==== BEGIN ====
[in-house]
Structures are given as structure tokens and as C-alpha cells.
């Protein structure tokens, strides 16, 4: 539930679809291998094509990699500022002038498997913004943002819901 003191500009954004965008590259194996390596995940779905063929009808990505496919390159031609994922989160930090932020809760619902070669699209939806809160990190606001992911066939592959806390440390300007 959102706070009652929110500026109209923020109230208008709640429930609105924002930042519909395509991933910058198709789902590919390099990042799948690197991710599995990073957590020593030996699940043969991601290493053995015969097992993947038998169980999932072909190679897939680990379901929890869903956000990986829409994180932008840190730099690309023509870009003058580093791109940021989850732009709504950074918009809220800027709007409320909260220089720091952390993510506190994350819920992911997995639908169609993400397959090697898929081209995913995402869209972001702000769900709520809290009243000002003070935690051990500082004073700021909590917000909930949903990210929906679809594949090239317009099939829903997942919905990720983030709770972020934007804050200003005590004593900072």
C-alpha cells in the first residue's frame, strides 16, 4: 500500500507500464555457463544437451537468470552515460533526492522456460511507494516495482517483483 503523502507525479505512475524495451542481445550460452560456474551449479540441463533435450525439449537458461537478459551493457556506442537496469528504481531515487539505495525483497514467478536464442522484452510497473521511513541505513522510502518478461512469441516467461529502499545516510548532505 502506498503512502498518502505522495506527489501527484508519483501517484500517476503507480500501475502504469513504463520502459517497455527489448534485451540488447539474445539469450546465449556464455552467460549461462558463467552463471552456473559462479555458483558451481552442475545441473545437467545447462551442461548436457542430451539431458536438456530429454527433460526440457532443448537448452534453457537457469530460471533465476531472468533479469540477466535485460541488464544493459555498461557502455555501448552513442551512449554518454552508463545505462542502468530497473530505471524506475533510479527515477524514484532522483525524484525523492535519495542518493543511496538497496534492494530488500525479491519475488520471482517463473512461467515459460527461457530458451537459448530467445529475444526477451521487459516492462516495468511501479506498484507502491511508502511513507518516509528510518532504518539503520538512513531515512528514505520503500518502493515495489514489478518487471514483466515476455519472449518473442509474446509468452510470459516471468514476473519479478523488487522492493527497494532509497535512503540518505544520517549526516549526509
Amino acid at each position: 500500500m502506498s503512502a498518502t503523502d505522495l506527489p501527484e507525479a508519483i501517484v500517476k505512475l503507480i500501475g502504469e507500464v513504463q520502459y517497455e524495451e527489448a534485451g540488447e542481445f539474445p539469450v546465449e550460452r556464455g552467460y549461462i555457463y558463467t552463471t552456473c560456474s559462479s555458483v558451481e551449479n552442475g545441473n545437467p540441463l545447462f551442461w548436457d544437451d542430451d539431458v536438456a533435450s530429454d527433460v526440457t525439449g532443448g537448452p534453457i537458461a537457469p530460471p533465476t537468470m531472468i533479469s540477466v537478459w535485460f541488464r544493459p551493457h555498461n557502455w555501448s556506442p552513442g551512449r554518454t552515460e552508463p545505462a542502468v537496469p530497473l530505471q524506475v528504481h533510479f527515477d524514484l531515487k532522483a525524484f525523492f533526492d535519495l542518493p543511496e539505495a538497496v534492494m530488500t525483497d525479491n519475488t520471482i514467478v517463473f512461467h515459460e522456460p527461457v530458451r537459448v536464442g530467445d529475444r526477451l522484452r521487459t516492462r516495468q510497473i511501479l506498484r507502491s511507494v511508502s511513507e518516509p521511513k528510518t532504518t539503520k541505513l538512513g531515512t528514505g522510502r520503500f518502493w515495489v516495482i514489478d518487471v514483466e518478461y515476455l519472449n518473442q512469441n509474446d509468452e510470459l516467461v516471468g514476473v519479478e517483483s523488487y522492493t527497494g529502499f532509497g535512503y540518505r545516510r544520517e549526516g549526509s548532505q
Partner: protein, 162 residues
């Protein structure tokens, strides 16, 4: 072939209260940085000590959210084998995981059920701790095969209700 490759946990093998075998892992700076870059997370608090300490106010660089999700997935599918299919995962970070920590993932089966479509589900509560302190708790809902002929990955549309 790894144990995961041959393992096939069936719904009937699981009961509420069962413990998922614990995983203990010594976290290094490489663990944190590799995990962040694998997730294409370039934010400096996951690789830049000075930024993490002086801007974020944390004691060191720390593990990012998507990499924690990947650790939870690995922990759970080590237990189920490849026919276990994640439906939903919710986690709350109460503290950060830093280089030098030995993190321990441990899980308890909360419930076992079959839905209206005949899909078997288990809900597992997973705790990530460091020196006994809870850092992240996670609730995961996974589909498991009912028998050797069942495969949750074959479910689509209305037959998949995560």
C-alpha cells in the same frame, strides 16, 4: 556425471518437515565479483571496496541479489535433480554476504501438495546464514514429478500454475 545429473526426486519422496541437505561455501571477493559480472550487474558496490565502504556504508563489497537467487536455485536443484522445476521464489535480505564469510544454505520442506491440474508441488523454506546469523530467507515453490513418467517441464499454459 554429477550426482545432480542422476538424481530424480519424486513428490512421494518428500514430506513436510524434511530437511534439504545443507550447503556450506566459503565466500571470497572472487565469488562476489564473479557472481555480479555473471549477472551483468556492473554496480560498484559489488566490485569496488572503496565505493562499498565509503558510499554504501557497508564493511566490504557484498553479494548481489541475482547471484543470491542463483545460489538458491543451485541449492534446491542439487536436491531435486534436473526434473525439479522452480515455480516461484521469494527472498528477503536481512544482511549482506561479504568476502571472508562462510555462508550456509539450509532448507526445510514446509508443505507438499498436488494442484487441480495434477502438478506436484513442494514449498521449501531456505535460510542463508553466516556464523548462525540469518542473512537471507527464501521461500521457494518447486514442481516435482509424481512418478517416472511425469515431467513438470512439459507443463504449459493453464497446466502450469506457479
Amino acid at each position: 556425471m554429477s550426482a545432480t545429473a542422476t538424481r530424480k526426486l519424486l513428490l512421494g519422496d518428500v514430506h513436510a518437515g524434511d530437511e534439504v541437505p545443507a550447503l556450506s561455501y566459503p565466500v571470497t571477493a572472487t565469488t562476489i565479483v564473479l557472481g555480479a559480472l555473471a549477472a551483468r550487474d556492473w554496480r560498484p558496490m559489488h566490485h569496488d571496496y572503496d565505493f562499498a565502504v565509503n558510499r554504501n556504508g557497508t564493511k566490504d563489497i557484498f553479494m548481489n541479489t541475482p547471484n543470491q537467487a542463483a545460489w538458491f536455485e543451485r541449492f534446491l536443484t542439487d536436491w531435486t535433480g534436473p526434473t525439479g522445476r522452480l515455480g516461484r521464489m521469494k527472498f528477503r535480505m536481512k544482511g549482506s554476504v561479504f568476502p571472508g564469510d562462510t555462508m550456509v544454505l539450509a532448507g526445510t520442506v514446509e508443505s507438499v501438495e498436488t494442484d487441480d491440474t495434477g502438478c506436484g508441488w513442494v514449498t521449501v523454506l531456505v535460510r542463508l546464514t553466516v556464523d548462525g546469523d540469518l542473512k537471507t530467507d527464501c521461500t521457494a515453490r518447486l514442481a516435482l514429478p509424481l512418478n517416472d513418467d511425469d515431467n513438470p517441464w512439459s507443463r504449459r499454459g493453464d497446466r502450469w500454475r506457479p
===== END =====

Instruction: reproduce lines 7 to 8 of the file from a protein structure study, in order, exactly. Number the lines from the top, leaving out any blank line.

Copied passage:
């Protein structure tokens, strides 16, 4: 072939209260940085000590959210084998995981059920701790095969209700 490759946990093998075998892992700076870059997370608090300490106010660089999700997935599918299919995962970070920590993932089966479509589900509560302190708790809902002929990955549309 790894144990995961041959393992096939069936719904009937699981009961509420069962413990998922614990995983203990010594976290290094490489663990944190590799995990962040694998997730294409370039934010400096996951690789830049000075930024993490002086801007974020944390004691060191720390593990990012998507990499924690990947650790939870690995922990759970080590237990189920490849026919276990994640439906939903919710986690709350109460503290950060830093280089030098030995993190321990441990899980308890909360419930076992079959839905209206005949899909078997288990809900597992997973705790990530460091020196006994809870850092992240996670609730995961996974589909498991009912028998050797069942495969949750074959479910689509209305037959998949995560």
C-alpha cells in the same frame, strides 16, 4: 556425471518437515565479483571496496541479489535433480554476504501438495546464514514429478500454475 545429473526426486519422496541437505561455501571477493559480472550487474558496490565502504556504508563489497537467487536455485536443484522445476521464489535480505564469510544454505520442506491440474508441488523454506546469523530467507515453490513418467517441464499454459 554429477550426482545432480542422476538424481530424480519424486513428490512421494518428500514430506513436510524434511530437511534439504545443507550447503556450506566459503565466500571470497572472487565469488562476489564473479557472481555480479555473471549477472551483468556492473554496480560498484559489488566490485569496488572503496565505493562499498565509503558510499554504501557497508564493511566490504557484498553479494548481489541475482547471484543470491542463483545460489538458491543451485541449492534446491542439487536436491531435486534436473526434473525439479522452480515455480516461484521469494527472498528477503536481512544482511549482506561479504568476502571472508562462510555462508550456509539450509532448507526445510514446509508443505507438499498436488494442484487441480495434477502438478506436484513442494514449498521449501531456505535460510542463508553466516556464523548462525540469518542473512537471507527464501521461500521457494518447486514442481516435482509424481512418478517416472511425469515431467513438470512439459507443463504449459493453464497446466502450469506457479